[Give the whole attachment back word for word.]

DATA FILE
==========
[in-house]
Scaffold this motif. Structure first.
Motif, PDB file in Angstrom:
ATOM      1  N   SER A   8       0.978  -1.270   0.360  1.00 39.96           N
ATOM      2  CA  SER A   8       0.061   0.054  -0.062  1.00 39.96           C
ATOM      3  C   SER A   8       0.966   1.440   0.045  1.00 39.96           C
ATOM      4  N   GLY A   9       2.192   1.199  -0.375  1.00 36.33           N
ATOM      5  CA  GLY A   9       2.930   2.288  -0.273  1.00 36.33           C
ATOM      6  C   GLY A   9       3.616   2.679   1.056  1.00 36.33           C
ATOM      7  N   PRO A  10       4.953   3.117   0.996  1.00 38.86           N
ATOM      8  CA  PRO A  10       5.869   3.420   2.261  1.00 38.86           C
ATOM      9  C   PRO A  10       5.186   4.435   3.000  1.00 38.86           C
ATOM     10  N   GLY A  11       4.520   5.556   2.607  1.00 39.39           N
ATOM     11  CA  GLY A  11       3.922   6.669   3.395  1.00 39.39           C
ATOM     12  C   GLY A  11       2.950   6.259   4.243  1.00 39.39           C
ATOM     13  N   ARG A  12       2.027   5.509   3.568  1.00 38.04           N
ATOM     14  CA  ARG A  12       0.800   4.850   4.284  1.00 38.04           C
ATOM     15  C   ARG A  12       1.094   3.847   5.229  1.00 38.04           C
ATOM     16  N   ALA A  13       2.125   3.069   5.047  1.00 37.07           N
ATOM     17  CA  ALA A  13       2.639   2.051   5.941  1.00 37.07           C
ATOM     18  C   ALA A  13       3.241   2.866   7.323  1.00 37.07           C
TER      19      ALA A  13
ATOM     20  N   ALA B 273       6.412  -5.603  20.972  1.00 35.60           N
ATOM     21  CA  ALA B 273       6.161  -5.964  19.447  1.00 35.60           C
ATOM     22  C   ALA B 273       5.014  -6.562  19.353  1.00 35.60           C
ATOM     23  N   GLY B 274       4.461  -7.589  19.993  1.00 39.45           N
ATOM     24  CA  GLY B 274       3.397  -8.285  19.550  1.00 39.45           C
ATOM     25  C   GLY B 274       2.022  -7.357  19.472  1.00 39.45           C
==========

[in-house]
Scaffold this motif. Structure first.
Motif, PDB file in Angstrom:
ATOM      1  N   SER A   8       0.978  -1.270   0.360  1.00 39.96           N
ATOM      2  CA  SER A   8       0.061   0.054  -0.062  1.00 39.96           C
ATOM      3  C   SER A   8       0.966   1.440   0.045  1.00 39.96           C
ATOM      4  N   GLY A   9       2.192   1.199  -0.375  1.00 36.33           N
ATOM      5  CA  GLY A   9       2.930   2.288  -0.273  1.00 36.33           C
ATOM      6  C   GLY A   9       3.616   2.679   1.056  1.00 36.33           C
ATOM      7  N   PRO A  10       4.953   3.117   0.996  1.00 38.86           N
ATOM      8  CA  PRO A  10       5.869   3.420   2.261  1.00 38.86           C
ATOM      9  C   PRO A  10       5.186   4.435   3.000  1.00 38.86           C
ATOM     10  N   GLY A  11       4.520   5.556   2.607  1.00 39.39           N
ATOM     11  CA  GLY A  11       3.922   6.669   3.395  1.00 39.39           C
ATOM     12  C   GLY A  11       2.950   6.259   4.243  1.00 39.39           C
ATOM     13  N   ARG A  12       2.027   5.509   3.568  1.00 38.04           N
ATOM     14  CA  ARG A  12       0.800   4.850   4.284  1.00 38.04           C
ATOM     15  C   ARG A  12       1.094   3.847   5.229  1.00 38.04           C
ATOM     16  N   ALA A  13       2.125   3.069   5.047  1.00 37.07           N
ATOM     17  CA  ALA A  13       2.639   2.051   5.941  1.00 37.07           C
ATOM     18  C   ALA A  13       3.241   2.866   7.323  1.00 37.07           C
TER      19      ALA A  13
ATOM     20  N   ALA B 273       6.412  -5.603  20.972  1.00 35.60           N
ATOM     21  CA  ALA B 273       6.161  -5.964  19.447  1.00 35.60           C
ATOM     22  C   ALA B 273       5.014  -6.562  19.353  1.00 35.60           C
ATOM     23  N   GLY B 274       4.461  -7.589  19.993  1.00 39.45           N
ATOM     24  CA  GLY B 274       3.397  -8.285  19.550  1.00 39.45           C
ATOM     25  C   GLY B 274       2.022  -7.357  19.472  1.00 39.45           C